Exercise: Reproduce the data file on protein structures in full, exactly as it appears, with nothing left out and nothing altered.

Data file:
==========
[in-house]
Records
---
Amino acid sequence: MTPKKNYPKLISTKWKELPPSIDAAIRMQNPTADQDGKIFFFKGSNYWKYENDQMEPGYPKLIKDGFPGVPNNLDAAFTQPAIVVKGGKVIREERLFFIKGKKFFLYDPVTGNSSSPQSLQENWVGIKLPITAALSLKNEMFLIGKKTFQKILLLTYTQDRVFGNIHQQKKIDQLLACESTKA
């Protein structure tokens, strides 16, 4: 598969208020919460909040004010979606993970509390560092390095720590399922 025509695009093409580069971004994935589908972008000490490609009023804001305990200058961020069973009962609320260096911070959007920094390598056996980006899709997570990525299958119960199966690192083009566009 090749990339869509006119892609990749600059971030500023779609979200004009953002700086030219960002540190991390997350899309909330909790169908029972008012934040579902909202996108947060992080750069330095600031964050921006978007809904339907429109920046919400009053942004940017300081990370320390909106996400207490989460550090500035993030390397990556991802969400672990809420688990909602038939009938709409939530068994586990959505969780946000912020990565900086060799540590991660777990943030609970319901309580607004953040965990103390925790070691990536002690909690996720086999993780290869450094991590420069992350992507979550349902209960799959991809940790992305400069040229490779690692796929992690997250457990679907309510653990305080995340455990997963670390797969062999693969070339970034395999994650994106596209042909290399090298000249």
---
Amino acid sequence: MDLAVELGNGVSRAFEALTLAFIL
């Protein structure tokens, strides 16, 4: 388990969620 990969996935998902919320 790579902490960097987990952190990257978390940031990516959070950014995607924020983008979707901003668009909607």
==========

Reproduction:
[in-house]
Records
---
Amino acid sequence: MTPKKNYPKLISTKWKELPPSIDAAIRMQNPTADQDGKIFFFKGSNYWKYENDQMEPGYPKLIKDGFPGVPNNLDAAFTQPAIVVKGGKVIREERLFFIKGKKFFLYDPVTGNSSSPQSLQENWVGIKLPITAALSLKNEMFLIGKKTFQKILLLTYTQDRVFGNIHQQKKIDQLLACESTKA
């Protein structure tokens, strides 16, 4: 598969208020919460909040004010979606993970509390560092390095720590399922 025509695009093409580069971004994935589908972008000490490609009023804001305990200058961020069973009962609320260096911070959007920094390598056996980006899709997570990525299958119960199966690192083009566009 090749990339869509006119892609990749600059971030500023779609979200004009953002700086030219960002540190991390997350899309909330909790169908029972008012934040579902909202996108947060992080750069330095600031964050921006978007809904339907429109920046919400009053942004940017300081990370320390909106996400207490989460550090500035993030390397990556991802969400672990809420688990909602038939009938709409939530068994586990959505969780946000912020990565900086060799540590991660777990943030609970319901309580607004953040965990103390925790070691990536002690909690996720086999993780290869450094991590420069992350992507979550349902209960799959991809940790992305400069040229490779690692796929992690997250457990679907309510653990305080995340455990997963670390797969062999693969070339970034395999994650994106596209042909290399090298000249």
---
Amino acid sequence: MDLAVELGNGVSRAFEALTLAFIL
């Protein structure tokens, strides 16, 4: 388990969620 990969996935998902919320 790579902490960097987990952190990257978390940031990516959070950014995607924020983008979707901003668009909607």